Any serious model for the Genesis Flood must account for the massive tectonic changes evident in the geological record since the point in that record where metazoan fossils first appear. These tectonic changes include the complete replacement of the world’s ocean lithosphere, lateral displacements of continents by thousands of kilometres, significant vertical motions of the continental surfaces to allow deposition of thick and laterally extensive sediment sequences, and large local increases in crustal thickness to generate today’s high mountain ranges. Without a mechanism that can account for these major tectonic changes in a logical and consistent manner, any claims about understanding, much less modelling, the Flood cataclysm are hollow at best. The correct mechanism, on the other hand, will provide a framework into which the vast accumulation of detailed geological observations can be understood in a unified, coherent, and comprehensive manner. A major claim of this paper is that the mechanism of catastrophic plate tectonics, enabled by runaway subduction of negatively buoyant ocean lithosphere into the Earth’s mantle, does account for the main tectonic changes associated with the Flood and provides the best candidate framework currently available for integrating and understanding the vast store of geological observational data.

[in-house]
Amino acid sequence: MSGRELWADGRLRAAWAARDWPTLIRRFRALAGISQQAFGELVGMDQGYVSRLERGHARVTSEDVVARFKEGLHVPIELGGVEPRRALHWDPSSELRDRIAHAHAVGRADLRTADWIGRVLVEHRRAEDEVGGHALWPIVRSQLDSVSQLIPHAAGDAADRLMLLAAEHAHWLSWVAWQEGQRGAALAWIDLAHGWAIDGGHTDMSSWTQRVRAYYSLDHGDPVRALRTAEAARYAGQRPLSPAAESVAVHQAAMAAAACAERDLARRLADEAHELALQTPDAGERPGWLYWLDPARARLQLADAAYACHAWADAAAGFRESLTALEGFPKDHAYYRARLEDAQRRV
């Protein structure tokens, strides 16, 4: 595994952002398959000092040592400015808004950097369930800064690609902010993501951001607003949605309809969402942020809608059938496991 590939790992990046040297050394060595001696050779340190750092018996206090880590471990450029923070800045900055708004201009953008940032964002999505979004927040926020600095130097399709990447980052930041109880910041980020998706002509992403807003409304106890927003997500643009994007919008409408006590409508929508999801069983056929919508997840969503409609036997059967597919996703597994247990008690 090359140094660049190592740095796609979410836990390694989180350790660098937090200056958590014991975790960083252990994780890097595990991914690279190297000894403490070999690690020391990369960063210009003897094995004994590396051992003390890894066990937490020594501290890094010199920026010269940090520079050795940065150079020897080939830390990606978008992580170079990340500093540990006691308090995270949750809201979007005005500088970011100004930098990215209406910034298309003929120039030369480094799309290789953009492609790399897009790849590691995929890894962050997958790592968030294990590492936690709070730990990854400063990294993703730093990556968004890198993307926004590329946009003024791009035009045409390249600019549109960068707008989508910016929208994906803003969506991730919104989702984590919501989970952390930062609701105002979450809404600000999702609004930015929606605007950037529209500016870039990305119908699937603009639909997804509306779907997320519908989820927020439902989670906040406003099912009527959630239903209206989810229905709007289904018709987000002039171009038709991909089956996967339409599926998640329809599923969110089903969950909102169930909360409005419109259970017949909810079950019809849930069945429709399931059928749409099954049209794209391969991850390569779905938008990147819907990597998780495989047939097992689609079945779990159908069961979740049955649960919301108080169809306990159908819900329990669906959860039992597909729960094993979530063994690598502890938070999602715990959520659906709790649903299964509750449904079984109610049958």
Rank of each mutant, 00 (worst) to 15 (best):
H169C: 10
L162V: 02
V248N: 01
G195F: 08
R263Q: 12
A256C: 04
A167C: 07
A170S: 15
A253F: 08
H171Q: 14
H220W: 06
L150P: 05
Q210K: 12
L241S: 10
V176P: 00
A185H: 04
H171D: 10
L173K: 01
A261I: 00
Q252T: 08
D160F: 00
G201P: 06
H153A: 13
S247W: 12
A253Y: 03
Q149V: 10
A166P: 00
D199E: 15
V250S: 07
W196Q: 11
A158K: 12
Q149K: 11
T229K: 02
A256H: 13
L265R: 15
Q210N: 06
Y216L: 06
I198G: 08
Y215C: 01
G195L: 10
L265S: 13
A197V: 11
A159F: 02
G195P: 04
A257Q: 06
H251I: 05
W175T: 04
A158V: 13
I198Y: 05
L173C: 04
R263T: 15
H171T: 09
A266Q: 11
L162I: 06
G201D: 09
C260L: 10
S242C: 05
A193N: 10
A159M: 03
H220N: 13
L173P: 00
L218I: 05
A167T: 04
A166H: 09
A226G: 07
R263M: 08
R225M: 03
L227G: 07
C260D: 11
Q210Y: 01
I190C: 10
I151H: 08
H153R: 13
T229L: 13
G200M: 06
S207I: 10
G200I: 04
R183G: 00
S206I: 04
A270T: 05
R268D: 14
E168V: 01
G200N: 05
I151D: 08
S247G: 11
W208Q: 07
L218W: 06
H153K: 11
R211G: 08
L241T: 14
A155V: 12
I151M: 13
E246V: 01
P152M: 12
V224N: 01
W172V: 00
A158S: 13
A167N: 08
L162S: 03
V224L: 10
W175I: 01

The scientific revolution in the Earth sciences that unfolded during the decade of the 1960s established the plate tectonics paradigm as the reigning framework for explaining not only present day geophysical processes but also the large-scale geological change in the past. A major point of this brief paper is that while this scientific revolution correctly recognized many important aspects of the Earth’s dynamics and how near surface processes are coupled to phenomena in the Earth’s deeper interior, the prevailing uniformitarian mindset prevented the revolution from reaching its logical end, namely, that Earth had experienced a major tectonic catastrophe in its recent past.